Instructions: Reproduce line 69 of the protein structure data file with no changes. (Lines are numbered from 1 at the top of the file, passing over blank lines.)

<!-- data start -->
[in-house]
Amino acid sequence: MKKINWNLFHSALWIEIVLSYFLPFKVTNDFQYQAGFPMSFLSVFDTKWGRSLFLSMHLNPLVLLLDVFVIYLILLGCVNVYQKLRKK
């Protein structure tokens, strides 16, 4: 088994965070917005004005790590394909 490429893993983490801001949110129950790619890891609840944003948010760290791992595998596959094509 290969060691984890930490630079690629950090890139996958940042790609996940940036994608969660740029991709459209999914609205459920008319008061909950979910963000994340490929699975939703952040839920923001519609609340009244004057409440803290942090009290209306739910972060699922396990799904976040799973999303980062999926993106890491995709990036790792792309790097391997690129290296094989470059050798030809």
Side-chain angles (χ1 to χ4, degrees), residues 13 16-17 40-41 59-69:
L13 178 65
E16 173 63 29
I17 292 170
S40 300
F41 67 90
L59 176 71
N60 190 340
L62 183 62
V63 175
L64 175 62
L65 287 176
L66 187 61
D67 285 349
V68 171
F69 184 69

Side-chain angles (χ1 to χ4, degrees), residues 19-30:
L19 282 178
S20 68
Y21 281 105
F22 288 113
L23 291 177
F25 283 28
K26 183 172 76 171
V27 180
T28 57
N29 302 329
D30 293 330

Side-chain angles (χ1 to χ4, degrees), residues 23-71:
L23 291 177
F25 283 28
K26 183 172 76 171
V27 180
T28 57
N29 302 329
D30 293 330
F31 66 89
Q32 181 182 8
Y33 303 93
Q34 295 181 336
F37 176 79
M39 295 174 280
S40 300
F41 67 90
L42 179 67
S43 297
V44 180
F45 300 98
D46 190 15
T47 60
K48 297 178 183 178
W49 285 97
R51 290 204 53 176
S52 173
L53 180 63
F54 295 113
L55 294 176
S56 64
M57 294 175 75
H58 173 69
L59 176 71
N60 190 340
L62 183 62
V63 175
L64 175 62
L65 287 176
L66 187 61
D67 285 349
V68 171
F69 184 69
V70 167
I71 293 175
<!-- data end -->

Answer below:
L65 287 176